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Back Story

Care to Cha Cha?

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Diana Kuhlmann’s desk is littered with mantras that reinforce the power of positive thinking. One goes like this:  “An optimist is someone who thinks that taking a step backward, after a step forward, is not a disaster. It’s a cha cha.”

As the associate vice president for fiscal affairs and budget director at Emporia State University, this CPA has learned how to dance.

One of the three main signatories authorized to obligate the Kansas university contractually and fiscally, Kuhlmann evaluates business decisions, particularly for term services, construction contracts, software, and maintenance. “Most of the time we defer to the department’s judgment because they’re in the trenches, but I may have questions about the terms of payment or whether we have gotten the best price. I evaluate from a fiscal and risk standpoint.” 

Married to a childhood friend who is now in his 29th year with the fire department, and having two grown daughters, Kuhlmann treasures her Midwestern way of life. “I love to visit the big city, but it’s always nice to come home and sit on my front porch.” 

Was accounting your dream job?

My dream job was to be an elementary school teacher. When I was a senior in high school, I needed an elective so I decided to try an accounting class. My teacher said, “You know what? You would make a really fine accountant.” We had some CPAs in the family who were very encouraging, so I tried it in college and decided that is where I wanted to be.

What characteristics do accounting professionals need to move up the ladder?

Flexibility, open minds, creative thinking, and good problem solving. Communication is key. You might think accountants sit in a back room and crunch numbers all day, but their job is really about communication and problem solving.  

Looking back over your career, what one thing would you like to do differently?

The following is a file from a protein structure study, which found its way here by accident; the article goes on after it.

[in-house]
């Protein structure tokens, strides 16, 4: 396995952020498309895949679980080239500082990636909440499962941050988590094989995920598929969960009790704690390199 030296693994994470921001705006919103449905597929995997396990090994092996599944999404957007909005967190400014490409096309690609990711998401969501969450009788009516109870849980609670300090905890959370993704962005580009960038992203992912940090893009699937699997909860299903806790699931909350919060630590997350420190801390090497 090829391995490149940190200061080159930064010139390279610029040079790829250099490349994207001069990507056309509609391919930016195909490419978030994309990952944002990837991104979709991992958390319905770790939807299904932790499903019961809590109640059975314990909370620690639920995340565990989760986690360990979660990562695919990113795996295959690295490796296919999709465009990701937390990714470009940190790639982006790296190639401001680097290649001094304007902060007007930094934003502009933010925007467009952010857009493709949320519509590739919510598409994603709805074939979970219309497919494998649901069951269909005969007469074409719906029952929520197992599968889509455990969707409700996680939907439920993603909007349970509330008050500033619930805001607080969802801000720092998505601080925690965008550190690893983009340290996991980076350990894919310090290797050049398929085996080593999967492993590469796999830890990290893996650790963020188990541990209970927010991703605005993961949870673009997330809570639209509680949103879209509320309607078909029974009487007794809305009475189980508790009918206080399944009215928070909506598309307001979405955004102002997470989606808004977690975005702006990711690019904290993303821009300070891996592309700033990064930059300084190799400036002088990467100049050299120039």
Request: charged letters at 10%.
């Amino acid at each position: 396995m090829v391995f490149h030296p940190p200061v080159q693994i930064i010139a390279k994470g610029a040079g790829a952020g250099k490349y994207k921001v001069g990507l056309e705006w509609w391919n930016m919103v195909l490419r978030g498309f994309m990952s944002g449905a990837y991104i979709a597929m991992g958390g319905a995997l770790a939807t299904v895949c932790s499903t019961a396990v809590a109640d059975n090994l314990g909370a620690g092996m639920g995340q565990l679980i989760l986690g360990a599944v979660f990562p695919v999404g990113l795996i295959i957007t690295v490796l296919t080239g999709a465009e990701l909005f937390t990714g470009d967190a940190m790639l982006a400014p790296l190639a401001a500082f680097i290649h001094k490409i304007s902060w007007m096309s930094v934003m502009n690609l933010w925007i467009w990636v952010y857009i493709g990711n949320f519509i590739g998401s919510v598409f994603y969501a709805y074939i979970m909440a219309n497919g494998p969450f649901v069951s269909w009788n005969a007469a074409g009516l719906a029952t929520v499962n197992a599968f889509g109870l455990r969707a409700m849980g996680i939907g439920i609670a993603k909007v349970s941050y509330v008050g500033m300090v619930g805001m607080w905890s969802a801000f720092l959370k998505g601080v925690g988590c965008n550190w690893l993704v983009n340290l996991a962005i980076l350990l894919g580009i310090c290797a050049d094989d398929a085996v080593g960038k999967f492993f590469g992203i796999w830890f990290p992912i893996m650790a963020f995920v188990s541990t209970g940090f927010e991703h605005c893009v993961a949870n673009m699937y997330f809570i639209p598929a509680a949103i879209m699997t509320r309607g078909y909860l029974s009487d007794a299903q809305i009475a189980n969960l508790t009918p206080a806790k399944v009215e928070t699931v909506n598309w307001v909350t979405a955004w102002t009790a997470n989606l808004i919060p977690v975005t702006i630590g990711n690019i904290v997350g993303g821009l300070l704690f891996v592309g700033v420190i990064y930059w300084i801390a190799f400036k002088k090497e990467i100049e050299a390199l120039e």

In reality, I think if I changed one little thing, I wouldn’t have what I have today, and I consider myself very blessed, not only in my personal life but in my professional life. If I had gone left instead of right, things could have been very different—and not necessarily better.  

What budget mistakes are institutions making?

Perhaps holding onto “sacred cows.” Not being as introspective as we could be. Sometimes we think, “Well, there is no way we can squeeze any tighter” when maybe we just need to do things differently. If we continue to do the same things over and over, we won’t get different or better results.

What gives you the most satisfaction in your work?

Adding value. Sitting down with the departments and deans and talking about solutions and how we might improve services for students. Feeling like I have brought something to the table that is useful and part of a solution.

If you could change one policy at your college, what would it be?

The way we compensate employees. In Kansas, we have classified service, which is controlled by the state, and unclassified service, which is overseen by the university. This means we can’t adjust for cost of living or award merit increases to all our employees because we aren’t authorized to change the wages of employees who are classified. When these employees see others around them get even a 1 percent raise and they’re getting nothing, it’s tough on morale.  

I would like to see everybody be able to be on the same playing field.

How about personal renewal? What do you do?

I work in the yard and garden, growing flowers that will tolerate our Kansas droughts—geraniums, petunias, begonias, whatever moves my creative spirit. When I’m stressed, I pull weeds. I don’t have to think about anything but yanking those things out of the ground.  

Listening to music is good for my soul. I most enjoy jazz and country. I really get my energy and joy out of the simple things in life: faith, family, and friends.  

MARGO VANOVER PORTER, Locust Grove, Virginia, covers higher education business issues for Business Officer.

Credit: Dick Garvey, Emporia State University